The Joy of Time
You're going to die. It might be a year. It might be 10, 20, 50 years down the road. But it's going to happen... you know this, right?
One would think that I would recognize this more than some people, as I have been close to death. (Read here) Ever since the crash, I wished that this near-death experience gave me some magical power to have the drive to do absolutely everything I ever dreamed of. To be at the top of my game, to be an amazing athlete who overcame injury or to become the most confident version of myself possible.
But.... here I am, a 35 year old single mom who works two jobs and is unhappy with her career choices. I'm not on stage, speaking every week to a different group of people about how I have overcome trauma in many different forms. I'm not a New York Times Bestselling Author, being invited on the Jay Shetty Podcast or to speak at an event that Rachel Hollis is putting on. I'm just this woman with a dream for the future, a past I'm not afraid of visiting, and dealing with the present as it comes at me 100 miles per hour.
Let's go back to the depressing way I started this post: You're going to die. Let's use the latest figure that came out today (February 18, 2021) about life expectancy in the USA: 77 years old. That's barring any unforeseen circumstances. So, let's say I live to be 77. That means I have 42 years left to live out my life. 42 years! Looks like I'm not even halfway through my life expectancy.
My point is this: most of us have ample time left to pursue our dreams. It doesn't matter if we're in our 20's or our 50's, our dreams don't have to age out. Graham Duncan coined the phrase "time billionaires."
A million seconds is 11 days. A billion seconds is slightly over 31 years… A time billionaire is someone young enough to have a billionaire or more of seconds left in their life... Time billionaires have the advantage of time.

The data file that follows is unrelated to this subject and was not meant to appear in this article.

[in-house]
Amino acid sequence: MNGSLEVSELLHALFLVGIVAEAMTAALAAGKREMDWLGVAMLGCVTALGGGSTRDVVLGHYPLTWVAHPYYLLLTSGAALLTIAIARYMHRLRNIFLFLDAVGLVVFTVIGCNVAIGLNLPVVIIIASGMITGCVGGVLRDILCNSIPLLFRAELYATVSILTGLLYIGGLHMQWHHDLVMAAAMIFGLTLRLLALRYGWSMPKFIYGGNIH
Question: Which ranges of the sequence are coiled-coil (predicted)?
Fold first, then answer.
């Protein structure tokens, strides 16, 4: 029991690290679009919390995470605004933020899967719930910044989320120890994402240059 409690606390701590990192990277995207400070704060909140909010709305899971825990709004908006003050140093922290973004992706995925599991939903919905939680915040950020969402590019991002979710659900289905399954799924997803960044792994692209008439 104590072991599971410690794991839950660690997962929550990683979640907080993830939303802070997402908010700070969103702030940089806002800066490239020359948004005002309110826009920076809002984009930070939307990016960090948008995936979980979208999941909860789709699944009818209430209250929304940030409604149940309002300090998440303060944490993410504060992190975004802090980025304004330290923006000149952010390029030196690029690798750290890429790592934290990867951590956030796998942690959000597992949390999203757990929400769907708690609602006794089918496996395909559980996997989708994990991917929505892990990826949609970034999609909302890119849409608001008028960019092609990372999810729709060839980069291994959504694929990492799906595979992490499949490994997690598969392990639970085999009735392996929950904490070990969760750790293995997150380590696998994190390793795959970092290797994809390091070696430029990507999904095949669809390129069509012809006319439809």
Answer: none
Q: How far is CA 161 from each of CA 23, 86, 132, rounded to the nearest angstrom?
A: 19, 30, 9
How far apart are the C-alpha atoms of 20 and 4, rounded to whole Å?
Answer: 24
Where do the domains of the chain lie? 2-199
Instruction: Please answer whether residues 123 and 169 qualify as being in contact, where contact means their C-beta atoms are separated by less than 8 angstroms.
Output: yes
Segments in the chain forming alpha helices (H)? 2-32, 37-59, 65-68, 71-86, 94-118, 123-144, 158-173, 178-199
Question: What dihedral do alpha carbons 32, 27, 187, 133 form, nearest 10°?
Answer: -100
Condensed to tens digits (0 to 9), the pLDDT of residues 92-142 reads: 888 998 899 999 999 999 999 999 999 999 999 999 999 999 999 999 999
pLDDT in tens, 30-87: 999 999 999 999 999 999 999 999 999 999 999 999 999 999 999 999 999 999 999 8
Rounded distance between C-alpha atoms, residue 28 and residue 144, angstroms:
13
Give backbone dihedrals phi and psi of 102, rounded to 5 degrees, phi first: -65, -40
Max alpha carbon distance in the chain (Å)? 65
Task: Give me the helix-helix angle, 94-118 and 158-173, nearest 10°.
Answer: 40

Individuals in their 30's and 40's have a hard time making a change in careers. I know this is a general statement, but as people tend to get older, they begin to fear the change that can get them to their dreams. Like me, I had to take on two jobs to support myself and my son. I still have my dreams, but damn is it hard to chase them while trying to ensure I give a great life to my son.
There's a lot of fear involved in making a change. Even a slight change to how I spend my time can be scary and hard. Instead of watching tv at night, I can be writing. Instead of going to bed at 9, I can stay up one more hour to get business planning in. I can wake up at 5 am instead of 6 to journal, meditate, and plan my day. I know these don't sound scary, but when my usual routine changes, it throws me way off balance. I know I'm not alone in this!
I want to create a legacy. I want to be remembered for stepping out of my comfort zone, for working hard for my dreams. I know they won't just come to me. In order to make things happen, I need to focus. I need to get over the fears of change. I need to surround myself with people who are supportive of my dreams. I have the time, but as every second passes, I know that is one second I won't get back. You never know when you might be taken from this world. How are you going to use your remaining time?
Let me ask you this: how do you want others to remember you? After you're gone, do you want to be remembered as someone going after their dreams, being fearless, and continuously reaching for more, all while helping others up alongside you? Or do you want to be remembered for the person who sat at the same desk for 30 years, dreaming and dreaming, but never doing?